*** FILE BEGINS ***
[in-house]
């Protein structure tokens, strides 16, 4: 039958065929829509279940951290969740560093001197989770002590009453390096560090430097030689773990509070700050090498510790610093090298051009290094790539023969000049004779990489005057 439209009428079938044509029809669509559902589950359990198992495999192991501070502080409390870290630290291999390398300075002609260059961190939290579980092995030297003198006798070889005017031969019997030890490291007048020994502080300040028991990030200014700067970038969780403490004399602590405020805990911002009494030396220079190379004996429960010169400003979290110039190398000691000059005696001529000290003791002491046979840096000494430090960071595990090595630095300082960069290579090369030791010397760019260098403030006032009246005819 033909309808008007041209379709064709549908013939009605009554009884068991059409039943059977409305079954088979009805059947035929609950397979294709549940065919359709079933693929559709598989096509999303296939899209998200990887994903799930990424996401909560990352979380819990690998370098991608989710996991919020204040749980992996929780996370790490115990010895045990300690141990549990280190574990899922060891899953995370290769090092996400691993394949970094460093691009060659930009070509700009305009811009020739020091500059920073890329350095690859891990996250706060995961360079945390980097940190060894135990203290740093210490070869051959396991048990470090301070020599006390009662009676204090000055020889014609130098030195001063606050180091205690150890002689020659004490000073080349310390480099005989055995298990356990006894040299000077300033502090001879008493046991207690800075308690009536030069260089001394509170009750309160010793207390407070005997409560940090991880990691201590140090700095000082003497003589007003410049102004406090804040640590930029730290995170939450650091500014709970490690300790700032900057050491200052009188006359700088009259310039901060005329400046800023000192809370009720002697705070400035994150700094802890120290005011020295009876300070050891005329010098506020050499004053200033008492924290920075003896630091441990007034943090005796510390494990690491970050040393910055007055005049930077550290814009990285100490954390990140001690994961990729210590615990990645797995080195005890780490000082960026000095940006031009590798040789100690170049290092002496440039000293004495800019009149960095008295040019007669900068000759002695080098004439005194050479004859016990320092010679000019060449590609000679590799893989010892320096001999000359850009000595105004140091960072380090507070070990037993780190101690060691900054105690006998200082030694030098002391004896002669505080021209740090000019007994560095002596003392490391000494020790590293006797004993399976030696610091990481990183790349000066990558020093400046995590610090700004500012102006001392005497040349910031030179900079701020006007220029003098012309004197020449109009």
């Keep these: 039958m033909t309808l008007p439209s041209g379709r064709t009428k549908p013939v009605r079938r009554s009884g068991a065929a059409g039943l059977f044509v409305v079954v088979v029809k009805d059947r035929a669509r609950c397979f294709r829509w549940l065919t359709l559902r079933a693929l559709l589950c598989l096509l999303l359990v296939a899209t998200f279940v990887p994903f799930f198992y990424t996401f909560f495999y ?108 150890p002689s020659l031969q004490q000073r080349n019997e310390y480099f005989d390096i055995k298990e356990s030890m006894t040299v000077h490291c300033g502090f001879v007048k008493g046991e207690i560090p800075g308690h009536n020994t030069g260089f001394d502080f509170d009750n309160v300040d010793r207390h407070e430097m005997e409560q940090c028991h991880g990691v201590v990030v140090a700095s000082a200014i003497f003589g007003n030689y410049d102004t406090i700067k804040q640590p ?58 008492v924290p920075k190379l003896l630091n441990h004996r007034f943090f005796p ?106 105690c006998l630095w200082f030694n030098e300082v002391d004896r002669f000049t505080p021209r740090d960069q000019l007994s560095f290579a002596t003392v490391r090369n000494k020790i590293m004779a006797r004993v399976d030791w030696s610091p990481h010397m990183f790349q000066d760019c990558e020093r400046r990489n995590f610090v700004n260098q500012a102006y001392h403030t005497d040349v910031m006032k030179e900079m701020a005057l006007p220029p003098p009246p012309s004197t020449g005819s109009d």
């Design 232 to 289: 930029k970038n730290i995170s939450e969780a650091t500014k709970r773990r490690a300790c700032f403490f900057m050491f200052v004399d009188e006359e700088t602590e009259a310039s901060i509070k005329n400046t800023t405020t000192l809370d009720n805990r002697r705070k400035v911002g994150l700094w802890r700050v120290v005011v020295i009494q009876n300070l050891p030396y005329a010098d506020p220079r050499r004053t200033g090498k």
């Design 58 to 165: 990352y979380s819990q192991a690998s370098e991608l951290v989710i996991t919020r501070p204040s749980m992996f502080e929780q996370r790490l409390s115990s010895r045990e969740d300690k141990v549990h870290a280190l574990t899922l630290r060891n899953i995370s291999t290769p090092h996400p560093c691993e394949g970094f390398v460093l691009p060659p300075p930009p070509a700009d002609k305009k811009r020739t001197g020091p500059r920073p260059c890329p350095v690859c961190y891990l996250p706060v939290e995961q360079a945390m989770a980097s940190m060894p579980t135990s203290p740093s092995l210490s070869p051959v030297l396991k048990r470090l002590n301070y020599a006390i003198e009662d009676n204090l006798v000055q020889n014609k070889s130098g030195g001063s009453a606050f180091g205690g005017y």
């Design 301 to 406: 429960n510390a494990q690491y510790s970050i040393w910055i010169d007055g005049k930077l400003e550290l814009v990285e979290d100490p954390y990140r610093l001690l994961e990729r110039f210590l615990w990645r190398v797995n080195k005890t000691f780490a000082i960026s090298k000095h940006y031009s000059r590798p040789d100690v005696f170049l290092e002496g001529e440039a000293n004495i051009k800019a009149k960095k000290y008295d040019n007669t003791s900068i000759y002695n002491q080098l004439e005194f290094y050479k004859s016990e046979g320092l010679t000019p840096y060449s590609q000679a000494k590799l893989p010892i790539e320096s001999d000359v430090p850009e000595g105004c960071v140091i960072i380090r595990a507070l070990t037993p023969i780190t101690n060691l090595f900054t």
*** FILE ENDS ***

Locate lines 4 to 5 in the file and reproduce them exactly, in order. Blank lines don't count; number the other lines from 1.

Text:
């Design 232 to 289: 930029k970038n730290i995170s939450e969780a650091t500014k709970r773990r490690a300790c700032f403490f900057m050491f200052v004399d009188e006359e700088t602590e009259a310039s901060i509070k005329n400046t800023t405020t000192l809370d009720n805990r002697r705070k400035v911002g994150l700094w802890r700050v120290v005011v020295i009494q009876n300070l050891p030396y005329a010098d506020p220079r050499r004053t200033g090498k």
């Design 58 to 165: 990352y979380s819990q192991a690998s370098e991608l951290v989710i996991t919020r501070p204040s749980m992996f502080e929780q996370r790490l409390s115990s010895r045990e969740d300690k141990v549990h870290a280190l574990t899922l630290r060891n899953i995370s291999t290769p090092h996400p560093c691993e394949g970094f390398v460093l691009p060659p300075p930009p070509a700009d002609k305009k811009r020739t001197g020091p500059r920073p260059c890329p350095v690859c961190y891990l996250p706060v939290e995961q360079a945390m989770a980097s940190m060894p579980t135990s203290p740093s092995l210490s070869p051959v030297l396991k048990r470090l002590n301070y020599a006390i003198e009662d009676n204090l006798v000055q020889n014609k070889s130098g030195g001063s009453a606050f180091g205690g005017y």